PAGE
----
A few weeks ago, President Obama advised graduates at Ohio State University that they need not listen to voices warning about tyranny around the corner, because we have self-government in America. He argued that self-government is in and of itself an adequate safeguard against tyranny, because voters can be counted upon to elect democrats (lowercase "d") not tyrants. His argument defies logic and 20th-century history. It reveals an ignorance of the tyranny of the majority, which believes it can write any law, regulate any behavior, alter any procedure and tax any event so long as it can get away with it.
History has shown that the majority will not permit any higher law or logic or value—like fidelity to the natural law, a belief in the primacy of the individual or an acceptance of the supremacy of the Constitution—that prevents it from doing as it wishes.
Under Obama's watch, the majority has, by active vote or refusal to interfere, killed hundreds of innocents—including three Americans—by drone, permitted federal agents to write their own search warrants, bombed Libya into tribal lawlessness without a declaration of war so that a mob there killed our ambassador with impunity, attempted to force the Roman Catholic Church to purchase insurance policies that cover artificial birth control, euthanasia and abortion, ordered your doctor to ask you whether you own guns, used the IRS to intimidate outspoken conservatives, seized the telephone records of newspaper reporters without lawful authority and in violation of court rules, and obtained a search warrant against one of my Fox colleagues by misrepresenting his true status to a federal judge.
James Rosen, my colleague and friend, is a professional journalist. He covers the State Department for Fox News. In order to do his job, he has cultivated sources in the State Department—folks willing to speak from time to time off the record.
One of Rosen's sources apparently was a former employee of a federal contractor who was on detail to the State Department, Stephen Jin-Woo Kim. Kim is an expert in arms control and national defense whose lawyers have stated that his job was to explain byzantine government behavior so we all can understand it. When he was indicted for communicating top secret and sensitive information, presumably to Rosen, his lawyers replied by stating that the information he discussed was already in the public domain, and thus it wasn't secret.
Prior to securing Kim's indictment, the Department of Justice obtained a search warrant for Google's records of Rosen's personal emails by telling a federal judge that Rosen had committed the crime of conspiracy by undue flattery of Kim and appealing to Kim's vanity until Kim told Rosen what he wanted to hear. In a word, that is rubbish. And the FBI agent who claimed that asking a source for information and the federal judge who found that the flattering questions alone constituted criminal behavior were gravely in error.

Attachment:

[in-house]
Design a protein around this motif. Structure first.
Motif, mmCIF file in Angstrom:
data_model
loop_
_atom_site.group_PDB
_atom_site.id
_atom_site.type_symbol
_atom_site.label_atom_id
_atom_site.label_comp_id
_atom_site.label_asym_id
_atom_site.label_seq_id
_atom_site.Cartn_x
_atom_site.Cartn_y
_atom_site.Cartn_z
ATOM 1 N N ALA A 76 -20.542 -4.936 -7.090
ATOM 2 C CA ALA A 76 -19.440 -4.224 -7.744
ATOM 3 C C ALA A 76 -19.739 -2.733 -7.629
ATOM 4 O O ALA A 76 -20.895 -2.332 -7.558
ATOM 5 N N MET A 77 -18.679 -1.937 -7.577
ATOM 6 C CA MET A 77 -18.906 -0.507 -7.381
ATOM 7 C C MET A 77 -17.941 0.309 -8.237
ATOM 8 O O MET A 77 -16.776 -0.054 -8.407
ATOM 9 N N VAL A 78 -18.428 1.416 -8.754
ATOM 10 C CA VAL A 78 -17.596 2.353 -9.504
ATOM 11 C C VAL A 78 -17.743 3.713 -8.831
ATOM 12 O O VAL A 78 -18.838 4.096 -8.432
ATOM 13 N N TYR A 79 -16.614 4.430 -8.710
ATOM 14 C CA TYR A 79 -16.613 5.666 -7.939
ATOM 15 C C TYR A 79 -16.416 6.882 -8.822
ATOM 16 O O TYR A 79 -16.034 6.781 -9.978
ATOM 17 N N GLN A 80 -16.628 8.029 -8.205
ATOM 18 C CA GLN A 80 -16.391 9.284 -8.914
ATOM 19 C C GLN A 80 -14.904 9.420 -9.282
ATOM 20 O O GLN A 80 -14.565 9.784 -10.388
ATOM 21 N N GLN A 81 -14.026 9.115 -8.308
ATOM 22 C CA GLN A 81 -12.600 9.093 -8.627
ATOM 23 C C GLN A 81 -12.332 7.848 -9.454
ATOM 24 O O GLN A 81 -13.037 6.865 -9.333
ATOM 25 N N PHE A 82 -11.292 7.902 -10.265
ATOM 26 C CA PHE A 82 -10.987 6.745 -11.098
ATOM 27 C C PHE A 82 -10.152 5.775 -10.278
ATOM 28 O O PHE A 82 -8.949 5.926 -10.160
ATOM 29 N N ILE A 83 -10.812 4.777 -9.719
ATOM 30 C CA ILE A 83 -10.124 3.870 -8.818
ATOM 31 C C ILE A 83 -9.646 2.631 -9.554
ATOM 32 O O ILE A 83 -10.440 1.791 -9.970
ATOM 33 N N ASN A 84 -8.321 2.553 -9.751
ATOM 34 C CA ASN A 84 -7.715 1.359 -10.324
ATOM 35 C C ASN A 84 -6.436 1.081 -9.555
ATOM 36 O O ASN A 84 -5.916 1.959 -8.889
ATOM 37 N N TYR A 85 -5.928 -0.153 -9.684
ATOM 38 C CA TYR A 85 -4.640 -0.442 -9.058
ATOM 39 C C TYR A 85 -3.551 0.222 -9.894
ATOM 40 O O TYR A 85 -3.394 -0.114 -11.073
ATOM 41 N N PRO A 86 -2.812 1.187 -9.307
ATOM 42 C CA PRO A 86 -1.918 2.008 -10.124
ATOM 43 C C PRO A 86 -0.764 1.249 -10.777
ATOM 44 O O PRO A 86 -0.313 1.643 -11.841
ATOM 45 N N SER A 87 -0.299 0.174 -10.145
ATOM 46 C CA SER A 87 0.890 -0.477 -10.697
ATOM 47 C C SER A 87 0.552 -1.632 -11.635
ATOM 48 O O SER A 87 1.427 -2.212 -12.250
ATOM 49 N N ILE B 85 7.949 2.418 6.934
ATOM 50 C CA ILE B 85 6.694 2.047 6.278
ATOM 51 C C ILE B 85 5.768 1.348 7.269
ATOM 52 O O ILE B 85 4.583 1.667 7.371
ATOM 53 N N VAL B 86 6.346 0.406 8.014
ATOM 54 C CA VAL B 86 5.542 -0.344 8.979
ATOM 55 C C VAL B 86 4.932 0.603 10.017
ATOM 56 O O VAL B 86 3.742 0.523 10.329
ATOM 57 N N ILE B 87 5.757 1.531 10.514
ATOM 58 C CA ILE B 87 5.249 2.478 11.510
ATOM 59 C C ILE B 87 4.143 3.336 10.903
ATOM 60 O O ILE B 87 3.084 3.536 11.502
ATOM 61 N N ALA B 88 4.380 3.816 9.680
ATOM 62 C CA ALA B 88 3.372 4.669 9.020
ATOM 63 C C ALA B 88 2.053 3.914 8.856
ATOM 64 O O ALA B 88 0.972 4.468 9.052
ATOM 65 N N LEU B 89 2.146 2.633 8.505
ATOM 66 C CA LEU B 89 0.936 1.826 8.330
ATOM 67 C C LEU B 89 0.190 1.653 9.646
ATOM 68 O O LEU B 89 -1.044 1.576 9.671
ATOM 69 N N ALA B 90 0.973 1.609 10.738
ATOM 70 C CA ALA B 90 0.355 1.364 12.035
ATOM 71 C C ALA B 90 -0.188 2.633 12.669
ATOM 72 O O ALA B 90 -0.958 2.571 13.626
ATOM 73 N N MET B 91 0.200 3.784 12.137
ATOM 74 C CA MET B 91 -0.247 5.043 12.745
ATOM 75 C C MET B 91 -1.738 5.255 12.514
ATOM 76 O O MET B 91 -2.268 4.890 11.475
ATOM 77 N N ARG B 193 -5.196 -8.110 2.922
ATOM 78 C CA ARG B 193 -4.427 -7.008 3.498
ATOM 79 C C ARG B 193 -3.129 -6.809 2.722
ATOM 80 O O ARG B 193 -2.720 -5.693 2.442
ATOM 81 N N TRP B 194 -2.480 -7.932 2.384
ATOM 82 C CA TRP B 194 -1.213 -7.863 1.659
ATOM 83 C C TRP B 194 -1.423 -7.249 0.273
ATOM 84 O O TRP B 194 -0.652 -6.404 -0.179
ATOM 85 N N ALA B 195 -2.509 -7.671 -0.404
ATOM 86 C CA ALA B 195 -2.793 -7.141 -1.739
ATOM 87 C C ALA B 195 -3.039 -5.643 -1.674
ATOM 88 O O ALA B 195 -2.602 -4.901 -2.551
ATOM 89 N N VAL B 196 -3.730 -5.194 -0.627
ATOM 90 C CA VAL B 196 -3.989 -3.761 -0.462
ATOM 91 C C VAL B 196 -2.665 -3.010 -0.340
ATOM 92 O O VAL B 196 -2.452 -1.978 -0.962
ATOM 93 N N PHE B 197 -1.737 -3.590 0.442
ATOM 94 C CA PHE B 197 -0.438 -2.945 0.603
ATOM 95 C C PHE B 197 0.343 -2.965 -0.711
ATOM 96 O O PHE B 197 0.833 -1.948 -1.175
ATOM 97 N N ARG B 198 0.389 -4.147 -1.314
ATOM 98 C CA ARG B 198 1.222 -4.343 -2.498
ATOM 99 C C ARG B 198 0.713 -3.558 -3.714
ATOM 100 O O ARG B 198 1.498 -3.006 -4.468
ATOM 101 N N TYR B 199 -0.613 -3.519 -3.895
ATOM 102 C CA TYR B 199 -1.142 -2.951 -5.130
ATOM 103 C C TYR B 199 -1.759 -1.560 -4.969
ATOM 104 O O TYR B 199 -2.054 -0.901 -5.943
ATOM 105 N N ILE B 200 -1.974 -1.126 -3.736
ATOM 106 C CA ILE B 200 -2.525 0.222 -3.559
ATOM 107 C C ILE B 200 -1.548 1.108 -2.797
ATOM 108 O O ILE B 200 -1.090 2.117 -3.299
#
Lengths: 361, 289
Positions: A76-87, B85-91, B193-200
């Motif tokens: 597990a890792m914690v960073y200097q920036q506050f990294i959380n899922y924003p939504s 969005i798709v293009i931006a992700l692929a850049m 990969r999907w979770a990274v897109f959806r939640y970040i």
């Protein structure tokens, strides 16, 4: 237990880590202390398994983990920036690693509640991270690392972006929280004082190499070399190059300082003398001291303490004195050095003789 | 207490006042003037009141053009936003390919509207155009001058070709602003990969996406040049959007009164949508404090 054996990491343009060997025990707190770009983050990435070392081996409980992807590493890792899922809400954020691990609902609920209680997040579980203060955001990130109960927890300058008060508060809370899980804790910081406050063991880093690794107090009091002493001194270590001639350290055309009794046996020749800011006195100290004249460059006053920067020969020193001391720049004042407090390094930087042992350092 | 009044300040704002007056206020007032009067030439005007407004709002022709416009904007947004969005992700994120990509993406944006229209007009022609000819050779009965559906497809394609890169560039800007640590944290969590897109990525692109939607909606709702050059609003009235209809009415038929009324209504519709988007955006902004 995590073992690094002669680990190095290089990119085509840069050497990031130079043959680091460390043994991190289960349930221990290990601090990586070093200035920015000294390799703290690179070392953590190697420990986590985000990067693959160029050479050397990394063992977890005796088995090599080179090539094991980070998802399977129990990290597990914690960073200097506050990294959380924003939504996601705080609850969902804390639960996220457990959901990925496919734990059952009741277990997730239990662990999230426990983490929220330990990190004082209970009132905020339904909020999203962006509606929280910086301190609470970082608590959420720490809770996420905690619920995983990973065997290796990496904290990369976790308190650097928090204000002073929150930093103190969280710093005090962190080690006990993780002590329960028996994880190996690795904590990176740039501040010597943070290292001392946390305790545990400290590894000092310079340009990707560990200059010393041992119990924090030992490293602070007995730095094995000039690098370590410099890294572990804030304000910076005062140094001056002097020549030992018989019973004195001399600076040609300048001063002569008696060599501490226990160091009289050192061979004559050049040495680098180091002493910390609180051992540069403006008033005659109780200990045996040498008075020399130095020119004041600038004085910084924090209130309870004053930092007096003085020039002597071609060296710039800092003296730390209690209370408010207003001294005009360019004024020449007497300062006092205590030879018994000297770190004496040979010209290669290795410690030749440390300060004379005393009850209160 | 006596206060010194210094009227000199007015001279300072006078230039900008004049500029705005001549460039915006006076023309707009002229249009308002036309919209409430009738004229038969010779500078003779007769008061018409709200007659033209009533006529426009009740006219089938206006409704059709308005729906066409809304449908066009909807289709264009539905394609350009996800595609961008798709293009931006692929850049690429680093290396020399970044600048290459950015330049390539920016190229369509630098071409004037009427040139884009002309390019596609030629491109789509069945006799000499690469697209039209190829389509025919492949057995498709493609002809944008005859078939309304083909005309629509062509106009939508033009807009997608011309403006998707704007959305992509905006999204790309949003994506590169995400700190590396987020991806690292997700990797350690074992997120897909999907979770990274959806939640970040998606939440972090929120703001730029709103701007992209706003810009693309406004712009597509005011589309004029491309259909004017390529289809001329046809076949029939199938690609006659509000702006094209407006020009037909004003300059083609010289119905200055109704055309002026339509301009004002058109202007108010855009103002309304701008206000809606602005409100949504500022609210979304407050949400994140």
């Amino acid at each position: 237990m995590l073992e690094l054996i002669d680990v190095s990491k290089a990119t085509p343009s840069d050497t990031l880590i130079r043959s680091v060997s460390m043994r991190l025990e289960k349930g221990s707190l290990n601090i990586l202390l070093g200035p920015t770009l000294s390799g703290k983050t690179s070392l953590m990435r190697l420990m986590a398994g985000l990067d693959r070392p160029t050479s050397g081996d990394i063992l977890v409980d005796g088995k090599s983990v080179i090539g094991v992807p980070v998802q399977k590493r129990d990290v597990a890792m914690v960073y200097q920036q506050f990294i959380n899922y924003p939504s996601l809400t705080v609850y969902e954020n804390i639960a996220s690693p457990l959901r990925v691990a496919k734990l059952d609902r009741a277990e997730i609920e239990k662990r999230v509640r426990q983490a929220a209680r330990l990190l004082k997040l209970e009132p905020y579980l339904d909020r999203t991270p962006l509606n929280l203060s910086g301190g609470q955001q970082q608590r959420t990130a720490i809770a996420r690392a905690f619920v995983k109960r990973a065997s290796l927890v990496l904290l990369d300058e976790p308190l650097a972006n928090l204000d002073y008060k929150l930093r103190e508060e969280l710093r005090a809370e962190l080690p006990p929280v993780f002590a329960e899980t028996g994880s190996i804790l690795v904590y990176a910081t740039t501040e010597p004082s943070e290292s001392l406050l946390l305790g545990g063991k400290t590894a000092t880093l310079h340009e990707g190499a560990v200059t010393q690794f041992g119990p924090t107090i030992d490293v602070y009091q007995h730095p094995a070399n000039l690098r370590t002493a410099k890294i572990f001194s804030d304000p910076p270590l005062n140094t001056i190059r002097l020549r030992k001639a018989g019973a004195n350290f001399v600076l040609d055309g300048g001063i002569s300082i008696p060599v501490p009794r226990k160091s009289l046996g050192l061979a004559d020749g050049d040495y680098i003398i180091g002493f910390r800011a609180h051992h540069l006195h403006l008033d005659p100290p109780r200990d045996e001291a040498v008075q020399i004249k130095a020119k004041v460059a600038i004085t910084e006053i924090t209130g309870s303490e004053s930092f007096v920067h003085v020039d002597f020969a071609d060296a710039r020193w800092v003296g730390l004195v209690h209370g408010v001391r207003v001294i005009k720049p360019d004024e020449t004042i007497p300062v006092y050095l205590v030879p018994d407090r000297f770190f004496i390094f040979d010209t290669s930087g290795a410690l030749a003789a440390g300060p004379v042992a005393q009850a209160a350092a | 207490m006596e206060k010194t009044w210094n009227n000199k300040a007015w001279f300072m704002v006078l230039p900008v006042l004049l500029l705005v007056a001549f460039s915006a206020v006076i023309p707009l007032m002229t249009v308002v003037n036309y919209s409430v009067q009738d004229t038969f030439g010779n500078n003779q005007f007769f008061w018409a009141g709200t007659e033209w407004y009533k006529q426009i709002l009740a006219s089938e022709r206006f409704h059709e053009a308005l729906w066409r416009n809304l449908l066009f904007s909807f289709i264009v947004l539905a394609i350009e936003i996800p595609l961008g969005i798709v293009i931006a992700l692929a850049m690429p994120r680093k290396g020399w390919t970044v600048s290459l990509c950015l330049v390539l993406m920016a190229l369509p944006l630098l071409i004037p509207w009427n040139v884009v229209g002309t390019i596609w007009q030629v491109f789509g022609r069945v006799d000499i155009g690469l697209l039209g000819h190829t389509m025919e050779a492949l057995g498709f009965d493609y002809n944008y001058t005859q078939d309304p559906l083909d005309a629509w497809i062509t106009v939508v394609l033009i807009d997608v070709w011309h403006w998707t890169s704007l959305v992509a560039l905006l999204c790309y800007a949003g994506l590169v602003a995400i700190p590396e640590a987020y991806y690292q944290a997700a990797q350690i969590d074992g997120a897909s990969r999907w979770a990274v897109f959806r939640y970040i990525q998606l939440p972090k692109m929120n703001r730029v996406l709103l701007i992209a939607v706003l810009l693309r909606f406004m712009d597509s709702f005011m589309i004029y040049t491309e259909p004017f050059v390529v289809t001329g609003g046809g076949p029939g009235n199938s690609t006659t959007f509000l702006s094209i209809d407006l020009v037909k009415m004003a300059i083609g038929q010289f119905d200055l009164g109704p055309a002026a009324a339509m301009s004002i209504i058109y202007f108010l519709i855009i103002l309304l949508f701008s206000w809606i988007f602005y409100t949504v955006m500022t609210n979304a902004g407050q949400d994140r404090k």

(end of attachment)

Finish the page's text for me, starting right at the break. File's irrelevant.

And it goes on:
Reporters are protected in their craft by the First Amendment, and the Supreme Court has ruled that they can ask whatever questions they wish without fear of prosecution. If Kim revealed classified information to Rosen—a charge Kim vigorously denies—that is Kim's crime, not Rosen's. The Supreme Court ruled in the Pentagon Papers case that it is not a crime for a journalist to seek secrets, to receive them, to possess them and to publish them so long as they affect a matter of material public interest.
The government's behavior here is very troubling. Government lawyers and FBI agents are charged with knowing the law. They must have known that Rosen committed no crime, and they no doubt never intended to charge him, and they never have. They materially misled the judge, who saw the phrase "probable cause" of criminal activity (taken from the Fourth Amendment) in their affidavit in support of the search warrant they sought, and he signed. The judge should have seen this for the ruse it was. It is inconceivable that a person could conspire to commit a crime (release of classified information) that is impossible for that person to commit, particularly with a Supreme Court case directly on point.
This misuse of the search warrant mechanism by misrepresentation of the status of the target continues the radicalization of federal criminal procedure now typical of this Department of Justice. It has claimed that it can release military weapons to foreign criminal gangs just to see where the weapons end up, and that its agents cannot be prosecuted for harm caused by those who received the weapons. It has held that the serious consideration given in the White House by high-ranking government officials to the identity of persons the president wants to kill somehow is a constitutional substitute for due process and thus enables the president to use drones to kill people uncharged with federal crimes. It has extended the public safety exception to the Miranda rule from the few seconds at the scene of the crime spent securing the prisoner, where the Supreme Court has said it resides, to more than 72 hours.
And now this.
The reason we have the due process safeguards imposed upon the government by the Constitution is to keep tyranny from lurking anywhere here, much less around the corner. Due process is the intentionally created obstacle to government procedural shortcuts, which, if disregarded, will invite tyranny to knock at the front door and sneak in through the back. Justice Felix Frankfurter warned of this 70 years ago when he wrote, "The history of liberty has largely been the history of the observance of procedural safeguards." That was true then, and it is true now.